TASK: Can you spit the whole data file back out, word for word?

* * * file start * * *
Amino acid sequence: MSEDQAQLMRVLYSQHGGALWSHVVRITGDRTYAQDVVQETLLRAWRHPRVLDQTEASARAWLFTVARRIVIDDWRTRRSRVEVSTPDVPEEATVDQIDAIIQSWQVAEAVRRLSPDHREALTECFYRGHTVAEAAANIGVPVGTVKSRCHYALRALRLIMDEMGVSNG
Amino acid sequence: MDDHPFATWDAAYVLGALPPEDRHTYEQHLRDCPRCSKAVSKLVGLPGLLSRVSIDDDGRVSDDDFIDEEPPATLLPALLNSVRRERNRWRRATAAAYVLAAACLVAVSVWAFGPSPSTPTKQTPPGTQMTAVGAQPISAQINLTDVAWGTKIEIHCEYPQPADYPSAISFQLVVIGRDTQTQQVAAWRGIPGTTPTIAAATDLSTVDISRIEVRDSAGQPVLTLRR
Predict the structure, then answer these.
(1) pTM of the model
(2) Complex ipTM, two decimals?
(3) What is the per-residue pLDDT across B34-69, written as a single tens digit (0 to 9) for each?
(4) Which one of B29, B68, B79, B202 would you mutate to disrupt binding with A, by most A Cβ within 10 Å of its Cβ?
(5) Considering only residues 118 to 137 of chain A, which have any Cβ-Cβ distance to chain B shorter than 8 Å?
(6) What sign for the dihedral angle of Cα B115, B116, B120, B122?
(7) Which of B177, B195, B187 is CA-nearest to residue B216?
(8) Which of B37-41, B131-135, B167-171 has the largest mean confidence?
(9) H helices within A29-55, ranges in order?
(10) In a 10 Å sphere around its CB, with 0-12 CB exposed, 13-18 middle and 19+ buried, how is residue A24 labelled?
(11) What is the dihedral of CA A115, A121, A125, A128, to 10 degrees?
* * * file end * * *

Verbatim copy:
Amino acid sequence: MSEDQAQLMRVLYSQHGGALWSHVVRITGDRTYAQDVVQETLLRAWRHPRVLDQTEASARAWLFTVARRIVIDDWRTRRSRVEVSTPDVPEEATVDQIDAIIQSWQVAEAVRRLSPDHREALTECFYRGHTVAEAAANIGVPVGTVKSRCHYALRALRLIMDEMGVSNG
Amino acid sequence: MDDHPFATWDAAYVLGALPPEDRHTYEQHLRDCPRCSKAVSKLVGLPGLLSRVSIDDDGRVSDDDFIDEEPPATLLPALLNSVRRERNRWRRATAAAYVLAAACLVAVSVWAFGPSPSTPTKQTPPGTQMTAVGAQPISAQINLTDVAWGTKIEIHCEYPQPADYPSAISFQLVVIGRDTQTQQVAAWRGIPGTTPTIAAATDLSTVDISRIEVRDSAGQPVLTLRR
Predict the structure, then answer these.
(1) pTM of the model
(2) Complex ipTM, two decimals?
(3) What is the per-residue pLDDT across B34-69, written as a single tens digit (0 to 9) for each?
(4) Which one of B29, B68, B79, B202 would you mutate to disrupt binding with A, by most A Cβ within 10 Å of its Cβ?
(5) Considering only residues 118 to 137 of chain A, which have any Cβ-Cβ distance to chain B shorter than 8 Å?
(6) What sign for the dihedral angle of Cα B115, B116, B120, B122?
(7) Which of B177, B195, B187 is CA-nearest to residue B216?
(8) Which of B37-41, B131-135, B167-171 has the largest mean confidence?
(9) H helices within A29-55, ranges in order?
(10) In a 10 Å sphere around its CB, with 0-12 CB exposed, 13-18 middle and 19+ buried, how is residue A24 labelled?
(11) What is the dihedral of CA A115, A121, A125, A128, to 10 degrees?